Thirty years ago today, we got the first major superhero motion picture in American theaters to kick off the ’90s: Captain America.
Technically, this film was released in the UK in 1990, but the U.S. didn’t get the theatrical release until two years later. Starring Matt Salinger (the son of author J.D. Salinger) as Steve Rogers, the film’s plot crams together Captain America’s World War II origin story against the Red Skull with a present-day story riddled with Mafia paranoia and a pro-environmentalist message.
Comic book fans will recall that the ’90s were not a kind decade for superhero movies. They were generally cheesy at best, bland at worst, and mixed with some bad writing and crappy visuals. Captain America may be the first Avenger, but this Captain America is a hallmark ’90s dumpster fire. We have a long way to go before we get to X-Men (2000) — let alone Captain America: The First Avenger.
Our opening scene takes place in Italy, where we see the creation of Captain America’s nemesis, the Red Skull.
In a confusing twist, the movie has made the Red Skull Italian instead of German, which isn’t canon in any other Marvel media. Given that Captain America has always been used as anti-Nazi propaganda and the Red Skull became a symbol of the Nazi Party’s carnage and totalitarianism, it really makes no sense.
Historically, Italy may have been home to the original fascists, but the Nazis have always been seen as the real juggernaut of World War II. If the original Red Skull had been Italian, he would probably be more concerned with trying to invade Greece and figuring out a way to deal with the country’s dwindling resources (answer: surrendering in 1943).
The only possible explanation here likely has something to do with waning paranoia related to the American Mafia. The Racketeer Influenced and Corrupt Organizations (RICO) Act was passed by Congress in 1970, which proved vital to bringing down criminal enterprises in the 1980s and 1990s. Captain America seems to wonder: What if instead, a superpowered and ageless Italian with cheeseless pizza skin worked as part of a global crime syndicate to preserve fascism?
The movie obviously tries to give the Red Skull a tragic backstory and portray him as a victim of fascism, but this only works when more depth is provided into the villain’s psyche. We only see the Red Skull’s tragic transformation as a child experiment in the first scene and briefly witness his PTSD used against him before receiving his final death blow.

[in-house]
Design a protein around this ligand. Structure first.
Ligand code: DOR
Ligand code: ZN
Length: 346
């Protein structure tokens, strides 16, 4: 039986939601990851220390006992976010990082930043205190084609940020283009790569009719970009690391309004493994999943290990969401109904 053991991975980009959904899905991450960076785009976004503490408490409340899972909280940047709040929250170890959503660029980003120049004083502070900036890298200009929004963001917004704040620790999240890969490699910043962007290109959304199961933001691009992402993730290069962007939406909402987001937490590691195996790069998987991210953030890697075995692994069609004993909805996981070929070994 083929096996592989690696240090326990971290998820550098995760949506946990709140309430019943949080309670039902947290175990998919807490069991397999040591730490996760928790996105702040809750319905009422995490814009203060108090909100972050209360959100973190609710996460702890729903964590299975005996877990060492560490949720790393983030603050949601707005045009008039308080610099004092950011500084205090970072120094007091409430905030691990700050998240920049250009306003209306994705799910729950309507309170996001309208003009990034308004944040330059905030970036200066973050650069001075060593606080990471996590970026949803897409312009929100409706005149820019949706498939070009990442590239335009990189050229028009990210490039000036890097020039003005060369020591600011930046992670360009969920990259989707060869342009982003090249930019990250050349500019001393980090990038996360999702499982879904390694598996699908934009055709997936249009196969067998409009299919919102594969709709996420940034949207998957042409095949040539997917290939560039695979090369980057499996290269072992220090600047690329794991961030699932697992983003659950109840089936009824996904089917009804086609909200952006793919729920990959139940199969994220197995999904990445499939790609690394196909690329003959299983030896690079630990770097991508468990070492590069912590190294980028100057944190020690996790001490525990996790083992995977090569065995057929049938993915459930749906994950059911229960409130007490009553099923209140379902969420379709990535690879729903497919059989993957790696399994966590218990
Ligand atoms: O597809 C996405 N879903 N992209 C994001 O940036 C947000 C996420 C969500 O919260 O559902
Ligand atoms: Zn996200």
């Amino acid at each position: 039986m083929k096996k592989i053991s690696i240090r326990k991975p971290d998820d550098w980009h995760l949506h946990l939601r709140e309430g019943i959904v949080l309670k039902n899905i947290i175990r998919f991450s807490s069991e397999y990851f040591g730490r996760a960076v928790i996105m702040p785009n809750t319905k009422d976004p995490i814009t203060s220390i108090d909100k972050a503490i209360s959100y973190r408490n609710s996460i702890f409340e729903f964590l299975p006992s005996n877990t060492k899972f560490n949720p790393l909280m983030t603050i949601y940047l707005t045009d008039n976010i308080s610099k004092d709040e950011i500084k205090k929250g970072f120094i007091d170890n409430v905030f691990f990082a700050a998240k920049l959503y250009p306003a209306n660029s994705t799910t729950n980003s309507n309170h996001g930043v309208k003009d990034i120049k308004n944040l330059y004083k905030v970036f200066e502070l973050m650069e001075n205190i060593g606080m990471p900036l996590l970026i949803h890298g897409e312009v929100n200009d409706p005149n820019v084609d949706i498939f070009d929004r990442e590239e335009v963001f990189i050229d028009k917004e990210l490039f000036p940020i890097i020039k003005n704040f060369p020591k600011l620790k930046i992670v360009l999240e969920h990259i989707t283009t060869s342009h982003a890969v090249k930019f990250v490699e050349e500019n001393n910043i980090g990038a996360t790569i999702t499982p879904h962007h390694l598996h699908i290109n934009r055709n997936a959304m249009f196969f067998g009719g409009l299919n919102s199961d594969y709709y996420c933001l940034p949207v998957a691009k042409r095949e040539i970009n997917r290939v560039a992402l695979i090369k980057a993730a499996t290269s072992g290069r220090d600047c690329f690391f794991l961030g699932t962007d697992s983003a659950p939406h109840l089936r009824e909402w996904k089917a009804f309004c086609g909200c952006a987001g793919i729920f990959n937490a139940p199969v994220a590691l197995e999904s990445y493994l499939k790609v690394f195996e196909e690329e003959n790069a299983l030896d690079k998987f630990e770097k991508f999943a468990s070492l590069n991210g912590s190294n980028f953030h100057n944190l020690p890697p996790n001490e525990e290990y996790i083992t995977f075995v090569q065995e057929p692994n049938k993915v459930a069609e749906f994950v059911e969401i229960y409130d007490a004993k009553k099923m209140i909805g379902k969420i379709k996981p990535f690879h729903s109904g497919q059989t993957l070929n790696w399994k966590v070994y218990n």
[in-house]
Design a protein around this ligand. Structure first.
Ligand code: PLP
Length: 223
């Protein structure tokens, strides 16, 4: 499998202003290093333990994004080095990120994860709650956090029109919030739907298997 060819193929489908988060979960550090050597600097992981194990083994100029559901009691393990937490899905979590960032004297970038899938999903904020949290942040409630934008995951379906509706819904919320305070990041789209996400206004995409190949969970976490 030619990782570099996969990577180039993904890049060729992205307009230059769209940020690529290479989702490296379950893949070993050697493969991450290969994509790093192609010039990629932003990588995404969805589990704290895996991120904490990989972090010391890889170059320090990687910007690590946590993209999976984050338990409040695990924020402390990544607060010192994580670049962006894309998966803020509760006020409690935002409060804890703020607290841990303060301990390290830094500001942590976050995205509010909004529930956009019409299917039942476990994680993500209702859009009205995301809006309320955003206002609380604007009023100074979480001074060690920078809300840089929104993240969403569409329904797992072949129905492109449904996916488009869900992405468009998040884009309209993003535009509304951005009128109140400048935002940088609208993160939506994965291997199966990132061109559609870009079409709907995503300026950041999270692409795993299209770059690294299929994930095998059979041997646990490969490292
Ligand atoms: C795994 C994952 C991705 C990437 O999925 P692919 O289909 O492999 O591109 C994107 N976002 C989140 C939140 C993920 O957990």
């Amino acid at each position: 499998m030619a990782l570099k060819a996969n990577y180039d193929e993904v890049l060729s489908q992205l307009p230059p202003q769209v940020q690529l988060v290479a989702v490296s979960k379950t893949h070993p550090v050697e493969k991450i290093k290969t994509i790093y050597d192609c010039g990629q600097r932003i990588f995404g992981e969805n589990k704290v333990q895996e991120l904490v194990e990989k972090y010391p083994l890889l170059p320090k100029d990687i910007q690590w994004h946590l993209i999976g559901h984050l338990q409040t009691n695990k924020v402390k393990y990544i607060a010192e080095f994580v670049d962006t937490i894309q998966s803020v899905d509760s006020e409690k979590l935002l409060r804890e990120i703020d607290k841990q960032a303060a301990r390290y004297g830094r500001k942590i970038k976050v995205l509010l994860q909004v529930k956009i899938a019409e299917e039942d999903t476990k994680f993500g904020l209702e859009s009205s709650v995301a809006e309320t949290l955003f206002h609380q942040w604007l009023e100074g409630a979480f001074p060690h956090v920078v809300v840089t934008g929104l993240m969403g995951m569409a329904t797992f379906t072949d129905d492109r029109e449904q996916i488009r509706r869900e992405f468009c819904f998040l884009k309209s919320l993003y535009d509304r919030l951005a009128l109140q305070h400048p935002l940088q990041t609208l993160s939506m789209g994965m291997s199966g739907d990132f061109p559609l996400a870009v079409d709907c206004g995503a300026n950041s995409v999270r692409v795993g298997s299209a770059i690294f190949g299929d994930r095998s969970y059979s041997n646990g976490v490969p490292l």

Without more character development, trying to garner sympathy for a villain falls flat... especially when he’s still basically a Nazi. As for our Captain America, I will say that Matt Salinger definitely looks the part of Cap.
The problem is that he always looks like the final Captain America product. There’s no visible difference between this Steve Rogers’ pre-procedure and post-procedure self. He looks like Chandler Bing in both versions.
He’s supposed to have polio, but that’s easy to forget about when all Salinger does is throw in an obligatory limp. Character-wise, Steve is fairly bland; he’s patriotic but crippled by polio. He loves his mom and girlfriend. That’s about it.
While this Captain America might have the look down, he’s not even impressive to watch when he’s in action. The MCU Captain America had extensive training before heading out to kick Nazi butt. This Steve Rogers has been Captain America for less than an hour before getting thrown in a super suit and kicked out of a plane into the middle of a Nazi hideout. This guy had polio for his entire life until 30 minutes before this.
And disappointedly, he gets his ass handed to him.
In under five minutes, he’s strapped to a rocket. The Red Skull may look like an infected tomato, but he’s had seven years of preparation. A fancy, patriotic American flag suit is no compensation for combat training.
Cap only manages to keep the missile from crashing into the White House with a lucky well-placed kick that somehow changes its course and crashes in Alaska — where he’ll stay preserved in deep freeze until his thaw-out in the ’90s. (Cue the muddled commentary on climate change!)
What’s also kind of sad is that the most interesting character to watch isn’t the titular hero, but side character President Tom Kimball, who is sort of the focus of everything.
Kimball is an honest and upstanding leader who wants to enact worldwide environmental policies in an earnest effort to save the planet. When the Red Skull schemes to kidnap Kimball and implant him with a mind control device, not only does Kimball use his own ingenuity to escape his prison cell, he’s willing to commit suicide rather than let this lunatic use him to take over the United States.
Yes, Captain America arrives before this happens, but Kimball has to go save Cap minutes later when he loses his shield. While the injured Red Skull slowly crawls toward his machine gun, Cap is incapable of doing anything except standing and watching him until Kimball tosses his shield over.
It’s not a good sign for a superhero film when I’m more invested in this side character than the superhero. Captain America seems to be desperately reaching for something to say, which may be that all it takes is patriotism to be a real hero — at least on American terms, anyway.
Captain America is clearly a relic of ’90s superhero movies. It will probably only interest fans from a historical film perspective, but not from a cinematic standpoint. If you are curious about this movie, don’t go into it expecting a thrilling, epic superhero story — expect a boring slog of a story with very underdeveloped characters whose main purpose is to serve as an example of how poorly superhero movies were made before the Marvel renaissance.